SINTEF tunnel scientist Eivind Grøv has seen much of the world, both above and below its surface. Photo: Svein Tønseth
Grøv holds an MSc in geotechnical engineering and rock mechanics from the the NTH (now NTNU
). He is research manager in the Group of Rock and Soil Mechanics in SINTEF Building and Infrastructure in Trondheim.
Grøv is the third Norwegian to be elected to the presidium of the International Tunnelling and Underground Space Association (ITA)
in the almost thirty five years of the Association’s existence.Door-opener for Norway
“This position gives me good opportunities to market Norwegian tunnelling expertise abroad, and I hope that it will enable me to open doors for Norwegian companies in the international market”, says Grøv.
There are 52 member countries in the ITA, which has status as an advisory organ for the UN in the field of underground engineering projects.Country of rock caverns
Marketing the use of “underground space” for various purposes, and spreading awareness of this field, are two of the ITA’s most important tasks.
Few countries can point to as wide a range of, or as many, rock caverns as Norway. Norwegian consultants and researchers have already taken part in important tunnelling projects in other countries, particularly in connection with hydropower and the construction of underground and gas storage systems.Bringing Norwegian knowledge abroad
Grøv’s colleagues at SINTEF Rock and Soil Mechanics
are involved in tunnel projects in Singapore and Hong Kong to mention some projects.
The Institute is also involved in four sub sea road-tunnel projects in neighbouring Scandinavian countries, to which our scientists are contributing their experience of similar projects in Norway.More going underground
At the moment, the Norwegian tunnelling industry has its hands full at home. However, Grøv emphasises that Norwegian companies that profile themselves abroad just now will be in a good position to tackle changes in the macroeconomic cycle in the Norwegian market.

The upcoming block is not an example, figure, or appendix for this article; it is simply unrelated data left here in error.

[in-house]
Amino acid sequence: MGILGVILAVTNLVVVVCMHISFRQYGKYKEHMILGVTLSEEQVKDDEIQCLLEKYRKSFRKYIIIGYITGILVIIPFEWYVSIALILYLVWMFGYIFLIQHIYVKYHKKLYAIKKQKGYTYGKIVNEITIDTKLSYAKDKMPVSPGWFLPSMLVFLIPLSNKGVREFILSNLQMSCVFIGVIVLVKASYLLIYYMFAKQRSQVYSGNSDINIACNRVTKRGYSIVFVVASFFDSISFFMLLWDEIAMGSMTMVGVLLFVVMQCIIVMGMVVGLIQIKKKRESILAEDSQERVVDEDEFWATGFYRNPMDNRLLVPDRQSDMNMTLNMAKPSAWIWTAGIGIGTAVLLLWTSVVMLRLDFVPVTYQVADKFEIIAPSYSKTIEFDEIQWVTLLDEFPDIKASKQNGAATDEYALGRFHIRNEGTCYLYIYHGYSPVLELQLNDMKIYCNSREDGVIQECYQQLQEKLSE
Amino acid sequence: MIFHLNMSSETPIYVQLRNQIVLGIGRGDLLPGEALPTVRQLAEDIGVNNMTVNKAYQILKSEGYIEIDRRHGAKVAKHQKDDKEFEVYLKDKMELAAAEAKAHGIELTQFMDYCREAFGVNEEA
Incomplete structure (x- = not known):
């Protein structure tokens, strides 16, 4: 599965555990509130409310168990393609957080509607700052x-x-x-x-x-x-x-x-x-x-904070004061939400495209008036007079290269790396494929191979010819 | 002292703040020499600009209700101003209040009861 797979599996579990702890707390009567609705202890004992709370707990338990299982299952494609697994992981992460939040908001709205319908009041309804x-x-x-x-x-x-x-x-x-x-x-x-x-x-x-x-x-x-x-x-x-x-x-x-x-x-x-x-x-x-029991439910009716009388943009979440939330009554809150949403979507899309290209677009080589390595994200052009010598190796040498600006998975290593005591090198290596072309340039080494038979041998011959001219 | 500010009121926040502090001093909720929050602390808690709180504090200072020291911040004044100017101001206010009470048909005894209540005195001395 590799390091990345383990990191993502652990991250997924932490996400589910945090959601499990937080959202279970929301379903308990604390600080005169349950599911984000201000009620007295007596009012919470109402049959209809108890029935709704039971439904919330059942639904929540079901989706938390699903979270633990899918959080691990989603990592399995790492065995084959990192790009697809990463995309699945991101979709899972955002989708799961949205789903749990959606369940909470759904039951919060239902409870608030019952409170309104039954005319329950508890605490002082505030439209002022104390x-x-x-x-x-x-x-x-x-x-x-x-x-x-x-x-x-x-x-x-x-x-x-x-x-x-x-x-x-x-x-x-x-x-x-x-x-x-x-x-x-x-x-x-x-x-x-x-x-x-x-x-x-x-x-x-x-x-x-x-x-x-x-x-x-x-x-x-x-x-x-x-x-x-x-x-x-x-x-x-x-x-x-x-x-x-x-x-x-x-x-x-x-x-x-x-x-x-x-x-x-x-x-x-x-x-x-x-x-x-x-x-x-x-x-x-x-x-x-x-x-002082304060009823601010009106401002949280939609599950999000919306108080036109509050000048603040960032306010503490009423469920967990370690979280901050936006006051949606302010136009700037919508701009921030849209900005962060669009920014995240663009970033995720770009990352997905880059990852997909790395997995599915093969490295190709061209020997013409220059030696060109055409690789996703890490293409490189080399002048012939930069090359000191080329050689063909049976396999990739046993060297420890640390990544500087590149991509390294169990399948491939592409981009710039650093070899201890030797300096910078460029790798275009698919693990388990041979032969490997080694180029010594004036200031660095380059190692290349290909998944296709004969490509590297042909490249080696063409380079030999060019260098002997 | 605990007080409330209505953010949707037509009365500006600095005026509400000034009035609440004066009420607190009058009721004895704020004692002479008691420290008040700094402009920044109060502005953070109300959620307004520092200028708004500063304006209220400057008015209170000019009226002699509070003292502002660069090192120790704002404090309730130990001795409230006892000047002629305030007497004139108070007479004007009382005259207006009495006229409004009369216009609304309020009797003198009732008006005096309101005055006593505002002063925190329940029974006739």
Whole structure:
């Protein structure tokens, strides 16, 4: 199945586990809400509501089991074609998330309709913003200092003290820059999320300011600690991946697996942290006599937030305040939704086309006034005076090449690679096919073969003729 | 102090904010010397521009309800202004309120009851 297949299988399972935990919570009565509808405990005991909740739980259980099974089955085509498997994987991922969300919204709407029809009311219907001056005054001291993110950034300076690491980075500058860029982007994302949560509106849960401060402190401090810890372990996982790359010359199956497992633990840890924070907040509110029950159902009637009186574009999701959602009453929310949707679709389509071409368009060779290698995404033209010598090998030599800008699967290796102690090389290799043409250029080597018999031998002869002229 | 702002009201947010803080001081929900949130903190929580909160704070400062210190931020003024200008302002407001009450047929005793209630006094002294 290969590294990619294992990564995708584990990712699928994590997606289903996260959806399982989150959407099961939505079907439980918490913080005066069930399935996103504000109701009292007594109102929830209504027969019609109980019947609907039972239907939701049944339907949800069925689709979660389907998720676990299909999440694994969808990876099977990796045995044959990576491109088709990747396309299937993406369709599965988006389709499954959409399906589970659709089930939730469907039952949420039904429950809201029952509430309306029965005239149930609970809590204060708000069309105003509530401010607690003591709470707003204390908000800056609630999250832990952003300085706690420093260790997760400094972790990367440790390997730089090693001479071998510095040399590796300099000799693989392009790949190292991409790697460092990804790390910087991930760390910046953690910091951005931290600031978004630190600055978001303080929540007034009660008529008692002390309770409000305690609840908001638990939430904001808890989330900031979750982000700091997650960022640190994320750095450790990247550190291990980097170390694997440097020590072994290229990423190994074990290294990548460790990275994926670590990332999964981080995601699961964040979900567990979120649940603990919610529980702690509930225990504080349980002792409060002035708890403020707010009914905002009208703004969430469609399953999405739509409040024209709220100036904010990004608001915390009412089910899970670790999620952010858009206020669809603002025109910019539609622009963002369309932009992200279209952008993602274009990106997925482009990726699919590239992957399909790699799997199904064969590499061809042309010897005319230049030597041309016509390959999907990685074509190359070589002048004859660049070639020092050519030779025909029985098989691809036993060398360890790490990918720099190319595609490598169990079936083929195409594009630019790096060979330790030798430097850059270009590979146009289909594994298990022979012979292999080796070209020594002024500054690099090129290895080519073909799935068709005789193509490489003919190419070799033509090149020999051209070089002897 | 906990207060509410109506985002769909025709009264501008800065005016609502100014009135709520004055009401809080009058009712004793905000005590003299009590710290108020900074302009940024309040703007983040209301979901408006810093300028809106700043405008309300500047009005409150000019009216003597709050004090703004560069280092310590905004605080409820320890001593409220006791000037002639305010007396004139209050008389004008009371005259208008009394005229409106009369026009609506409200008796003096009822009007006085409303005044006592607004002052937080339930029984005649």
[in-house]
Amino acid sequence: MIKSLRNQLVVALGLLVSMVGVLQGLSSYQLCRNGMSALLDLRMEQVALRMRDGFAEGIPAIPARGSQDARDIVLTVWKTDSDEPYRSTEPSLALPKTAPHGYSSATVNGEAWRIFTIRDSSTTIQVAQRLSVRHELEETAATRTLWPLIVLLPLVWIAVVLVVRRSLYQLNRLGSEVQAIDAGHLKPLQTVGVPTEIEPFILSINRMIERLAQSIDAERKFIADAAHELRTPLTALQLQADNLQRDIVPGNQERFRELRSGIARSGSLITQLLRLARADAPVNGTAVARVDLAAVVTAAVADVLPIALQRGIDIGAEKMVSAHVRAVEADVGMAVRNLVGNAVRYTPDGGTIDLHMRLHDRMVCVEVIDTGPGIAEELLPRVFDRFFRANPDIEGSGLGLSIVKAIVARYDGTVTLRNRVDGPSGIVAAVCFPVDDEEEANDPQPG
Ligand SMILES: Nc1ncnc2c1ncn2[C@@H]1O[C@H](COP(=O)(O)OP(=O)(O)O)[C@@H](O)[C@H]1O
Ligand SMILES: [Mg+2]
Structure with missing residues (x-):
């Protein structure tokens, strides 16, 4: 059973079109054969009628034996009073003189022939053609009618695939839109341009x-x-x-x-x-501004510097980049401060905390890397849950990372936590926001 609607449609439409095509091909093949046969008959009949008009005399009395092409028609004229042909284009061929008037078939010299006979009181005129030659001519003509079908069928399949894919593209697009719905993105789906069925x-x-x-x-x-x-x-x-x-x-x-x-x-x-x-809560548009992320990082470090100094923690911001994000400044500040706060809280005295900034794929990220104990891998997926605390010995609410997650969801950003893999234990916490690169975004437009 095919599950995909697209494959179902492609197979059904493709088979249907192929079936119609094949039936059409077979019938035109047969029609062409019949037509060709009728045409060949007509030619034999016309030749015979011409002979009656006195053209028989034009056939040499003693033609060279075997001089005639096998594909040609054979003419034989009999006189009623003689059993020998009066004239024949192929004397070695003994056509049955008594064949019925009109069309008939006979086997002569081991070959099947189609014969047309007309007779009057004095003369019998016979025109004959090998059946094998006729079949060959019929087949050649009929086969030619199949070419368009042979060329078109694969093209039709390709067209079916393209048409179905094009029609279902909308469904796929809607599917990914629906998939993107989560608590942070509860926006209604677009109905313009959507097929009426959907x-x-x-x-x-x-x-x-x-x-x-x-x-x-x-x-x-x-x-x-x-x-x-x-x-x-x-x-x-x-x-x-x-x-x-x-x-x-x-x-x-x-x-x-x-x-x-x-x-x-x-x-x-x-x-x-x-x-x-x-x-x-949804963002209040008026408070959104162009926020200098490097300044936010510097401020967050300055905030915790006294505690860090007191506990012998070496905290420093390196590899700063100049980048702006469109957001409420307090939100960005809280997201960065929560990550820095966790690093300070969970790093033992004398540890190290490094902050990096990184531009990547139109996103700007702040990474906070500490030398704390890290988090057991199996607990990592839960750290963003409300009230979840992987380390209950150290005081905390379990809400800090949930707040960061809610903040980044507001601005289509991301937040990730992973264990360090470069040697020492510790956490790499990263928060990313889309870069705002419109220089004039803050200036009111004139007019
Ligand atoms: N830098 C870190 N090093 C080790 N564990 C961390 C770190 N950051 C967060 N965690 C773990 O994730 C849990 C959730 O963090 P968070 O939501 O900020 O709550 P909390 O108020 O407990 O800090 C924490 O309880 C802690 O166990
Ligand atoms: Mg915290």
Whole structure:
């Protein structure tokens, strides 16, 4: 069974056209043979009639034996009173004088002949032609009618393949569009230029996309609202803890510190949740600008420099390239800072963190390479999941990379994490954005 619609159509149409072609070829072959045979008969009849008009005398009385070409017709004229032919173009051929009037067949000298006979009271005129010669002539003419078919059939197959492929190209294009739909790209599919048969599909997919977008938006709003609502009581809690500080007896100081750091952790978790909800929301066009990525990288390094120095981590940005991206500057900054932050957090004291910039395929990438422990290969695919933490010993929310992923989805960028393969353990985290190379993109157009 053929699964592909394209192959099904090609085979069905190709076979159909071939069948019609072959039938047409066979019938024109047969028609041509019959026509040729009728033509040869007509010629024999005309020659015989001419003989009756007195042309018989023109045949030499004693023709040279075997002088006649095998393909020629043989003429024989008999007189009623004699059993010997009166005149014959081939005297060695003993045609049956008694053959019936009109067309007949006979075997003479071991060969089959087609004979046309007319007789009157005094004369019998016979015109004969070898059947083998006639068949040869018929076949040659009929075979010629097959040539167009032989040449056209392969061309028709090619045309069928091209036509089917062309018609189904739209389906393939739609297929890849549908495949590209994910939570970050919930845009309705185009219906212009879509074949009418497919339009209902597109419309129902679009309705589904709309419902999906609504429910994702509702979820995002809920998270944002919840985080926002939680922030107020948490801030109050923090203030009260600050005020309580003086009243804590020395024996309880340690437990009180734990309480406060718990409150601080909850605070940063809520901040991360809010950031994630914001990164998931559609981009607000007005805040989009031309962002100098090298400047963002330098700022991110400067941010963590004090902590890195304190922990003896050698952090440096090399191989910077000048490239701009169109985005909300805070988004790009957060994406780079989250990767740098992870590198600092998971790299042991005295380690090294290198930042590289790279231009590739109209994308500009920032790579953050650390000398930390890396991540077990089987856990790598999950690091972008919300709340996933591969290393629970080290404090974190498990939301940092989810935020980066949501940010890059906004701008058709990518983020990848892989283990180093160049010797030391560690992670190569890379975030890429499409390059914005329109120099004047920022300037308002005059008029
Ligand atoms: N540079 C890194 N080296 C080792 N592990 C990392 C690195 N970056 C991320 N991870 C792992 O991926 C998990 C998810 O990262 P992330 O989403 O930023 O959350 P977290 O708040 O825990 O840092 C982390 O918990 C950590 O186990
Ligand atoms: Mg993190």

There is a growing need to use underground space, particularly in developing countries and in built-up areas, which means that there is a need for Norwegian expertise abroad.
“There are plenty of opportunities for companies that want to become active in other countries”, emphasises Grøv.A lot to learn going abroad
Grøv points out that the Norwegian tunnelling industry has a good reputation, and enjoys a high level of respect abroad. He mentions efficient tunnelling, rock injection and grouting, risk-sharing and decision-making as key-words that define our strong side in international terms.
At the same time, however, he mentions that several other countries have caught up with us in such fields as full-profile tunnel boring (TBM) and sprayed concrete.
“This means that we have a lot to learn by getting into the international market. New knowledge, paired with Norwegian pragmatic and solution-oriented practices could be a winning combination”, he says.Looking across borders
“We saw a growing number of Norwegian participants in ITA’s recent world conference, which was recently held in Prague, and we actively contribute to several of ITA’s activities. The Norwegian Tunnelling Society (NFF) stand was also well visited”, says the SINTEF scientist, who is also a member of the board of the national association, and who has already been chairman of its international committee for four years.